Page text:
Work, rest and play all affect each other. They are a spiraling interdependent cycle: doing well at one makes it easier to do the others, and doing poorly at any of them makes the others go harder. (Diet, exercise, sex and sleeping work the same way, as do praying, forgiving, and acts of kindness.)
Work includes the job you do for a living, but also child care, helping friends and family, volunteer service, and household maintenance. It usually takes up about two fifths of your time when the kids are at home and in need, and a little less after that.
Rest involves more than sleep. It includes all forms of relaxing down time, such as taking in music, pleasure reading, solitary TV or computer time, etc. We’ll include personal grooming and hygiene here. All this should take up roughly one third of your time, more if you need eight hours of sleep, or if you’re female, older, or retired.
Play is activity that leaves you recreated, refreshed. It includes things like exercise, playing sports, learning, worship, praying, lovemaking, visiting live or on the phone or the internet, and going to festivals, plays movies, concerts, ball games, etc. Shopping for clothes, tools, play equipment, or house furnishings is usually play, but solitary shopping for groceries and provisions is clearly work.
Play usually gets the leftover time, but if we give it less than one fifth of our time, we’re probably getting burned out. The quality of our work and rest is suffering, because the worker is not getting recreated by rest alone.
The quantity of time you spend in work, rest, and play is no more important than the quality of that time. Mental health requires that we change gears well, that we do only one thing at a time. Thinking about work when we should be at rest or at play, or vice-versa, is called worry—leaving the here-and-now to be there-and-then. Worry screws up whatever we should be doing at the time.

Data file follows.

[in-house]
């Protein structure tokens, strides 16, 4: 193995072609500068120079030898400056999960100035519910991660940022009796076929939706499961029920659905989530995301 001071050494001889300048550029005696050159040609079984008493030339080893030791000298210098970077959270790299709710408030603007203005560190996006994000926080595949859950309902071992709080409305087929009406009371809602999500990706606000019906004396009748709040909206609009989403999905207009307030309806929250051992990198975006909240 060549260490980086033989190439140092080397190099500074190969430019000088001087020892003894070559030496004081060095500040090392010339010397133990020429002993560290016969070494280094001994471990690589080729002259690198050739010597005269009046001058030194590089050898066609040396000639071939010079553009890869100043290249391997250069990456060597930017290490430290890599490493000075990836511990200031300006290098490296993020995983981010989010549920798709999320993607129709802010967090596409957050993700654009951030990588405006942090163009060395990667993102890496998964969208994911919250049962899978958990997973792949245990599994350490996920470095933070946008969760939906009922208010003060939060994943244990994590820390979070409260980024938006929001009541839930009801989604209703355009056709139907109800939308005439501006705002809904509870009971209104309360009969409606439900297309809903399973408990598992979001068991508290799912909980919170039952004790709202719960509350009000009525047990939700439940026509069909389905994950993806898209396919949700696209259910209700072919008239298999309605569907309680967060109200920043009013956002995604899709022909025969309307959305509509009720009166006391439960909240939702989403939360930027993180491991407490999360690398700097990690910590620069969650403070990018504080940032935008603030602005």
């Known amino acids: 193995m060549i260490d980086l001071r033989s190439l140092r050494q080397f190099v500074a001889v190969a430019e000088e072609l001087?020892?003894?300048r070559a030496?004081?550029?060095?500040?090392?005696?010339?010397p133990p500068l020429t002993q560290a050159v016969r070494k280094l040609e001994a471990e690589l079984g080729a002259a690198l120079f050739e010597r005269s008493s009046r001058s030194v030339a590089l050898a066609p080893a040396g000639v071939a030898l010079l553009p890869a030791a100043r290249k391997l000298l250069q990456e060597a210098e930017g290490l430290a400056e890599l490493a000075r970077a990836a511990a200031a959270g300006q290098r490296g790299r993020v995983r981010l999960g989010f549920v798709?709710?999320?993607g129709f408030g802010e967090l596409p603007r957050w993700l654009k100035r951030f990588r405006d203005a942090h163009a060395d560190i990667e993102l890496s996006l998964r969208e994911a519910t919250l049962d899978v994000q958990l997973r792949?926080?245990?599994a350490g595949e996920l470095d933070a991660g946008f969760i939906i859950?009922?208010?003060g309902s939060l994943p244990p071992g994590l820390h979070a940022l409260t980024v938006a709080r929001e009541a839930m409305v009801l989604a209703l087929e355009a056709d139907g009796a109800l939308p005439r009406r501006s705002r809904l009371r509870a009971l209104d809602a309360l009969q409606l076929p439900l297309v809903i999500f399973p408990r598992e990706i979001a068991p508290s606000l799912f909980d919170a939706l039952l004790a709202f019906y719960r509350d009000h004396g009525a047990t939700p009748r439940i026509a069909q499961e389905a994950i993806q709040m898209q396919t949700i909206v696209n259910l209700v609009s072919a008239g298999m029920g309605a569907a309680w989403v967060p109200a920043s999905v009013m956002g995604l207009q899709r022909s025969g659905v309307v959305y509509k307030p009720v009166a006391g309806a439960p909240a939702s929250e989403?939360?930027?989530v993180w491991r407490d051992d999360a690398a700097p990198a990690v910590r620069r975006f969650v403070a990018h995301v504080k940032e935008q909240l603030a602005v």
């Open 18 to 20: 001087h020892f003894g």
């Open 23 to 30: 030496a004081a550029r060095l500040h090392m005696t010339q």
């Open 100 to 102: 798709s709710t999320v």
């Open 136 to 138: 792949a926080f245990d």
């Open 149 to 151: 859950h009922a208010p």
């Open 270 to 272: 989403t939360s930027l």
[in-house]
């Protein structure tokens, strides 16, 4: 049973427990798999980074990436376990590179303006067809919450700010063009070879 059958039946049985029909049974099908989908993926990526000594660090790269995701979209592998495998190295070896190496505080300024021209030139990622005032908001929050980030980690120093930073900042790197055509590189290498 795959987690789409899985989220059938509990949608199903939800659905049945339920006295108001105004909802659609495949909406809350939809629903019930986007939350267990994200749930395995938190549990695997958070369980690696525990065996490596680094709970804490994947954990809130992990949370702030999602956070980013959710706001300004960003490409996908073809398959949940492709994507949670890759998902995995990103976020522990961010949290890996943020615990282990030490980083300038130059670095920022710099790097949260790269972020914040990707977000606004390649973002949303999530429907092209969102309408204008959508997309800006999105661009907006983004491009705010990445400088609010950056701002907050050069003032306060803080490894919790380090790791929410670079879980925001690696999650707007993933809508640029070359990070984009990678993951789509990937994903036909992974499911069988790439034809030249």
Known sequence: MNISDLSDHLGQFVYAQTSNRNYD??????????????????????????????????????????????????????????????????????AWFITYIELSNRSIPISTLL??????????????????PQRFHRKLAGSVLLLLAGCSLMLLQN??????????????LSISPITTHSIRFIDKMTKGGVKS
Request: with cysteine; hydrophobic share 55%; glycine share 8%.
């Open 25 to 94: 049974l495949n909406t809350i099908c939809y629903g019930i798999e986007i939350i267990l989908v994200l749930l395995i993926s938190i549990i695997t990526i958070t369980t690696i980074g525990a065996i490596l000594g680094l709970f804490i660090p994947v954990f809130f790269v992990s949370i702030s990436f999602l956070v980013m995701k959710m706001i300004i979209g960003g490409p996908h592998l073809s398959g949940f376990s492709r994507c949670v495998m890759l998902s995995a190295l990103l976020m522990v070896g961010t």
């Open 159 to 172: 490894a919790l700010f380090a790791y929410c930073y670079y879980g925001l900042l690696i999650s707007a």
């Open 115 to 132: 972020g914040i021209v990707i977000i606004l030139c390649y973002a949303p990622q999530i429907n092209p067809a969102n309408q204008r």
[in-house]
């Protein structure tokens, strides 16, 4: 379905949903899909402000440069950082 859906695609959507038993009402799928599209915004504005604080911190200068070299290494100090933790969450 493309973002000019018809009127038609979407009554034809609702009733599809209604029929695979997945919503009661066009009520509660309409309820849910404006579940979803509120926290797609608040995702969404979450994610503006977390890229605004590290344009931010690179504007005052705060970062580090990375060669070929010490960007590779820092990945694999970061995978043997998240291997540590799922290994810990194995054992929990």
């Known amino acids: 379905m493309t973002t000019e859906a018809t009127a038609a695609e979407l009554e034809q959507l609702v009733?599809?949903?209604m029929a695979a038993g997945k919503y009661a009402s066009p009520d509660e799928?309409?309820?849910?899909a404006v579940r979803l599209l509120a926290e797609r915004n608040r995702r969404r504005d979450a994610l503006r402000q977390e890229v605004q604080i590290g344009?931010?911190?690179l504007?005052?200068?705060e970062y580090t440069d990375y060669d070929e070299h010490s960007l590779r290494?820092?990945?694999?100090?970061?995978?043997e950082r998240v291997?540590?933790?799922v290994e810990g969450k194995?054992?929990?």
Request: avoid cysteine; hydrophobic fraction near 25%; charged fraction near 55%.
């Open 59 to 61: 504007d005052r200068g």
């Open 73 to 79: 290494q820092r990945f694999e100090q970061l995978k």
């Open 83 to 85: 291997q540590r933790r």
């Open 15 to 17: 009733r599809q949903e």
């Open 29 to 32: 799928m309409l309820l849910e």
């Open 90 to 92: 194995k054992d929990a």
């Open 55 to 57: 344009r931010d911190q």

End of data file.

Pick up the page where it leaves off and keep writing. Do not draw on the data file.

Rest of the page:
When we don’t do enough of our work, we often work on other people instead. When we have too few responsibilities, we tend to take on those of other people. This form of worry is called meddling, and it screws up the work, rest and play of both parties.
A key to being focused and efficient in our work, rest and play is how we make our transitionsfrom one into the other. We need to mark our changing gears clearly so that we and everybody else knows which gear we are in. If you have trouble shifting into the play of your personal life, get something going like Mr. Rogers’ slippers to remind you that work is over. How?
On your way home, turn your phone off and think about family and play. When you get in the door, put your cell phone away, or change it to a different ring that reminds you it’s family first, and it’s time for everybody’s recreation. If you can help it at all, don’t take business calls during family time.
As soon as you see your spouse, make it a point and habit to kiss your spouse--not just a peck, but a good, checking-in kiss. Sit down together and ask how each other’s day has gone so far. Review plans or hopes for the evening. Once in the door, change your clothes. Take off your watch. Don’t be waiting around for a hug or try to take one, but give the kids a hug.